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Gene Myers.haiku column

The Haiku Society of America is pleased to host this ongoing column.

.Haiku: a place to share tools available to haiku writers and fellow haiku fans (like how to use Twitter, Facebook and Scribd for building community, self-publishing and marketing). The column will also feature interviews, blog spotlights and occasional multimedia presentations.

Gene Myers <poetgene@gmail.com>


 


2013 .haiku columns


.haiku column number 17 • 3-10-2013

by Gene Myers <poetgene@gmail.com>

What haiku poets can learn from Daryl Hall

HallIn an interview, rockstar Daryl Hall talked about the revolution that is responsible for his newfound popularity. I say newfound because he and his musical partner, John Oates, found themselves with a PR problem in the 90s. As a reaction to their 80s hits, self-conscious music critics refused to write about Hall and Oates. The critics told the band's manager they would "never write about those guys!" 

What slow-moving critics—just like the record industry before them—failed to recognize was that, "The Times They [Were] A-Changing."

What does all of this have to do with haiku? Hold tight!

So, no matter what kind of art that Daryl Hall or John Oates would be creating, the old guard felt compelled to leave them out of the conversation in perpetuity. The point that they missed was that they themselves no longer understood where the conversation was or how it takes place.

Hall knew the conversation had moved to the web and so he started a webcast from his home. He made a website from which he single-handedly changed his reputation and sealed his legacy. The free monthly jams featuring his rockstar friends and younger bands even brought him a new, larger audience.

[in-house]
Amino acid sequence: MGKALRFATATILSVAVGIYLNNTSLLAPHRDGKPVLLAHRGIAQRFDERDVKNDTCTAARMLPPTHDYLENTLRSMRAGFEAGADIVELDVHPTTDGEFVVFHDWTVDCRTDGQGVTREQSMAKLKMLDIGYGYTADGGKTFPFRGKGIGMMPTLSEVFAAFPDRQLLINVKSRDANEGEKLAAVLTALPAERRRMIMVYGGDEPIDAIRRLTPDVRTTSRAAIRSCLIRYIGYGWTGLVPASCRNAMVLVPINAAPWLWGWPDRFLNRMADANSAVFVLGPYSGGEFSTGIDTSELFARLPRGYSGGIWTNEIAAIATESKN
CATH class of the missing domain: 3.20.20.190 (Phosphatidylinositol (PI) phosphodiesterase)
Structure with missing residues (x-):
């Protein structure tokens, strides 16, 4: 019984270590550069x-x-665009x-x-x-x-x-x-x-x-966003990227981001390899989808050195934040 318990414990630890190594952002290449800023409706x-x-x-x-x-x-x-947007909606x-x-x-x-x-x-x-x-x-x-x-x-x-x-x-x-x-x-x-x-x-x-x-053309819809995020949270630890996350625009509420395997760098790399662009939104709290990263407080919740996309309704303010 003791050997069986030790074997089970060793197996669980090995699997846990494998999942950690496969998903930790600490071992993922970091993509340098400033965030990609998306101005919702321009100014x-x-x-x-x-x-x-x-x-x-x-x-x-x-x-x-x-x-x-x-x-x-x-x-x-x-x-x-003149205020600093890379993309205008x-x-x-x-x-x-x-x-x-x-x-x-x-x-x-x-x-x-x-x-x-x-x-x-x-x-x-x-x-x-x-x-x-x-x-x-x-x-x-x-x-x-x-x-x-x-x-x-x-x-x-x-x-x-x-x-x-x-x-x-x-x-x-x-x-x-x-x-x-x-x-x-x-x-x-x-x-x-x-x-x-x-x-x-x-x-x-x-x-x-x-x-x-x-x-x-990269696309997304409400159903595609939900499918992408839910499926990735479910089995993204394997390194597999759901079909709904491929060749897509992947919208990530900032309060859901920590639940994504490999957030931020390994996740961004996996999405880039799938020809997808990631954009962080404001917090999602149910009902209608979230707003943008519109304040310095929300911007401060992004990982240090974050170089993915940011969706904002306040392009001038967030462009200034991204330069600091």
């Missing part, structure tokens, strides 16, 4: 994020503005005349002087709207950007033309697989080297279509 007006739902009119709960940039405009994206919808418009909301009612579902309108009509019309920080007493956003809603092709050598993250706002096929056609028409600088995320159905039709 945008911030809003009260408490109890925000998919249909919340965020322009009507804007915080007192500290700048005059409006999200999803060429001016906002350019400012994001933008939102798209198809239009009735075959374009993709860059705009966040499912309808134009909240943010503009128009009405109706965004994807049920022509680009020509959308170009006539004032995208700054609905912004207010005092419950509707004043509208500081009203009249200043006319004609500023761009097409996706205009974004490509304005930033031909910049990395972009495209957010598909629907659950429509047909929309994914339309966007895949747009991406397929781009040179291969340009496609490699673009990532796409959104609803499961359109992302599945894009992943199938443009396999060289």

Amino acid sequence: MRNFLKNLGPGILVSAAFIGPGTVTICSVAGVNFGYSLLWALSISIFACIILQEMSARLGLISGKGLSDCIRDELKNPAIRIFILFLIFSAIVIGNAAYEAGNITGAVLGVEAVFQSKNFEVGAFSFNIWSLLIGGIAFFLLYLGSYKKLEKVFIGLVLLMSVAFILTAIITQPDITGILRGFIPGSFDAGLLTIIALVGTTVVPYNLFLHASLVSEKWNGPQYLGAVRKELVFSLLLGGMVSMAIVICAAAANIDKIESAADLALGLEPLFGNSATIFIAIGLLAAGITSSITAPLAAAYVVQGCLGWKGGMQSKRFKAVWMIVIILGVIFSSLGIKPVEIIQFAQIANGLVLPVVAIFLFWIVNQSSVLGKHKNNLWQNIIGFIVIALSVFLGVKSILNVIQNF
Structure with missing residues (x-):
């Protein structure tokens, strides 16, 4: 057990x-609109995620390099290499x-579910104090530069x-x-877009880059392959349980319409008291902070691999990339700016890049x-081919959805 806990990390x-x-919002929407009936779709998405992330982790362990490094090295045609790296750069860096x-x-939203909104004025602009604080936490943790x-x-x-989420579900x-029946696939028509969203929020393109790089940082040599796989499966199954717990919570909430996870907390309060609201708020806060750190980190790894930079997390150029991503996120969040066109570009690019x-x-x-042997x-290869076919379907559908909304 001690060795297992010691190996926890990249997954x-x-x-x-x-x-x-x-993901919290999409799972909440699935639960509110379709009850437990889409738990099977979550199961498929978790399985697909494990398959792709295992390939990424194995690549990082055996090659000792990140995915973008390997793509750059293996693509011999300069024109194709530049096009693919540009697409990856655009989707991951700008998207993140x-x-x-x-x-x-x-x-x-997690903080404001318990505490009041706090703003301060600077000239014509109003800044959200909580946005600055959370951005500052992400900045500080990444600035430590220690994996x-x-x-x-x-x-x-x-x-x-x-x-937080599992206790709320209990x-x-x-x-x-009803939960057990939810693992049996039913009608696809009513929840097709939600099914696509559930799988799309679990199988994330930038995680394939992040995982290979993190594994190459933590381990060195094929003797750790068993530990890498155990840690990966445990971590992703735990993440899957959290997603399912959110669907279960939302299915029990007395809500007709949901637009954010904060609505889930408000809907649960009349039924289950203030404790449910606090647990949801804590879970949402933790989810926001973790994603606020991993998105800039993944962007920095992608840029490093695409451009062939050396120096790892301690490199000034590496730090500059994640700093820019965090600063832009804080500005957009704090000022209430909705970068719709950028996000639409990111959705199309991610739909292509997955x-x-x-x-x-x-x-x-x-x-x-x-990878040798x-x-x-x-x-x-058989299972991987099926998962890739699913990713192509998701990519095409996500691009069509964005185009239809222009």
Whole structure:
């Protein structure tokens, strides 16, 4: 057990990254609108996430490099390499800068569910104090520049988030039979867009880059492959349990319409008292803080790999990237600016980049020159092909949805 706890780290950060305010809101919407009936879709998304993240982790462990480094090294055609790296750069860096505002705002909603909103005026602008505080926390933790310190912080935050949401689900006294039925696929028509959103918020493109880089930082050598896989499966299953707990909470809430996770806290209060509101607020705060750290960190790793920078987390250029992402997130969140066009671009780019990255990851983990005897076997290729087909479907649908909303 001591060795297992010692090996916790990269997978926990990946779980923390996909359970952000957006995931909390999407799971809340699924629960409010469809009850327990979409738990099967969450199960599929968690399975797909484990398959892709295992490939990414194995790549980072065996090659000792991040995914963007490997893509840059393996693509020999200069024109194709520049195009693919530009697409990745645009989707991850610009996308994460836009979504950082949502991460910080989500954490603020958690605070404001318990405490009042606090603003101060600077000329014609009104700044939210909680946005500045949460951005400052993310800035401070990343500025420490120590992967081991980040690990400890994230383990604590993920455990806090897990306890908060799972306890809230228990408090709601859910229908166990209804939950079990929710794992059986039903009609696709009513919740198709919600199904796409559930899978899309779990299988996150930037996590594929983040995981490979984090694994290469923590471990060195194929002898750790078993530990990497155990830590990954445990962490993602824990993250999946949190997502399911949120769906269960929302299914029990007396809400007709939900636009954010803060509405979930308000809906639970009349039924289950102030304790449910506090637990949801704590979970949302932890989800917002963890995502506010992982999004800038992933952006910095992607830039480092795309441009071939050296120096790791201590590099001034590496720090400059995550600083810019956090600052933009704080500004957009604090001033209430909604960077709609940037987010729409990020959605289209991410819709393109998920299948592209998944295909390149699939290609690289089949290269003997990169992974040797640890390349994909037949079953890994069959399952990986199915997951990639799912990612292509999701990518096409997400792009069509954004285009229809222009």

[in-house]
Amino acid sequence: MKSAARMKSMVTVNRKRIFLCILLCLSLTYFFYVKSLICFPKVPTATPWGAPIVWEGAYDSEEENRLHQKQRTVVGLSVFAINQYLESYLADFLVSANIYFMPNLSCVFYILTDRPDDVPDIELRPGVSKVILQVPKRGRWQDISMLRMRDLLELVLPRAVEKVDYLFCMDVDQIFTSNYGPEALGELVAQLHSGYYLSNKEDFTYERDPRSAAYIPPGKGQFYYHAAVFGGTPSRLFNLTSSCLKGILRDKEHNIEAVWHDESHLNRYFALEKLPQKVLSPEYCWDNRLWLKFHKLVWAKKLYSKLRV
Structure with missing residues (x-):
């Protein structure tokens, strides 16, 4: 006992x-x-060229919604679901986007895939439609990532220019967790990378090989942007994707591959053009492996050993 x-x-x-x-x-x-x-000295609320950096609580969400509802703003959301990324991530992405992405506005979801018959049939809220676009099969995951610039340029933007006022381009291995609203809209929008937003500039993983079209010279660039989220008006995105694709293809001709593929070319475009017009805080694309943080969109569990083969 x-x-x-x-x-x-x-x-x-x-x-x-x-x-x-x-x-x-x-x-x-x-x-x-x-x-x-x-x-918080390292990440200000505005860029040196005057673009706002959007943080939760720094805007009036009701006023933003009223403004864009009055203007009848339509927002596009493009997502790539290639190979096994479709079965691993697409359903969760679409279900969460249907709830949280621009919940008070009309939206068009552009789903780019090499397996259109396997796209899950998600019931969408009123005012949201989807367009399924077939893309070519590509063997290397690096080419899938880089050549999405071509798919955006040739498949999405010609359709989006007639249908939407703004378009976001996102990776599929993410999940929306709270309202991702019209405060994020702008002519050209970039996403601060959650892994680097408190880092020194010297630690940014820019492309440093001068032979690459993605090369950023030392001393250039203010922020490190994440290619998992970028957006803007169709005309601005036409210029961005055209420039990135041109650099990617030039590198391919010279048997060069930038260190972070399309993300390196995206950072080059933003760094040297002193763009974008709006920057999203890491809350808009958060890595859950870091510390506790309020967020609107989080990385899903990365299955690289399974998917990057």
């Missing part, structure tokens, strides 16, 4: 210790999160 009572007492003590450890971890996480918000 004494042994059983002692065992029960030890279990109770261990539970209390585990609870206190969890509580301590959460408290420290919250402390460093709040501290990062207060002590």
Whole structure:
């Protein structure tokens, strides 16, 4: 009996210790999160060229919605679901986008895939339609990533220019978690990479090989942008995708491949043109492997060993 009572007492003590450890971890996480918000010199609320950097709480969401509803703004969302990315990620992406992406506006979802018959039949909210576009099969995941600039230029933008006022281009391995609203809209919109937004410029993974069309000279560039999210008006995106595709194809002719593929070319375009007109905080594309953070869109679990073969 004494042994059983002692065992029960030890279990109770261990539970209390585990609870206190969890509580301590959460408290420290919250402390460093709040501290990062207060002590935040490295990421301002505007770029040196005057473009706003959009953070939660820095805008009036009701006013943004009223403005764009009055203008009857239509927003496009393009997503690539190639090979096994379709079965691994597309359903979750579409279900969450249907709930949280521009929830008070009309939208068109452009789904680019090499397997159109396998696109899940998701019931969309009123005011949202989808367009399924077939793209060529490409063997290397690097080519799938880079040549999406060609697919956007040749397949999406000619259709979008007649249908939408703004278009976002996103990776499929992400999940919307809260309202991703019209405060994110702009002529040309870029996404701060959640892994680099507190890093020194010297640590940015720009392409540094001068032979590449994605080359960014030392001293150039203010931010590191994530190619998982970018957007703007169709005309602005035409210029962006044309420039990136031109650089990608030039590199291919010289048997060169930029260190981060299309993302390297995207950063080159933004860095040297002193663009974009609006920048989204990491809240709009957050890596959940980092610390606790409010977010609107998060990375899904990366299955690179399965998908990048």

Hall successfully bypassed the gatekeepers. 

When asked about the resurgence in his popularity Hall said he found his tribe. It's impossible to be all things to all people, he said. So the best thing an artist can do is "find your tribe."  Thanks to the Internet, no matter who you are, you can find like-minded people and they can find you.

Haiku fans and writers are very good at this. There is the Haiku Society of America website. There is The Haiku Foundation (with all of its social media and video archive), Haiku North America, conferences and any number of other resources, including blogs, publishers' websites,  Twitter feeds etc.

Did you realize how much support is out there for haiku poets? In the end of March, I am looking forward to attending my HSA regional meeting in Manhattan. The fact that all of these resources are offered still astounds me. 

These resources—put together—are how we can find our tribe.

• • •

 

Is there something you would like to see in a column? Email me at <poetgene@gmail.com>.

• .haiku column number 16 • 2-9-2013 •



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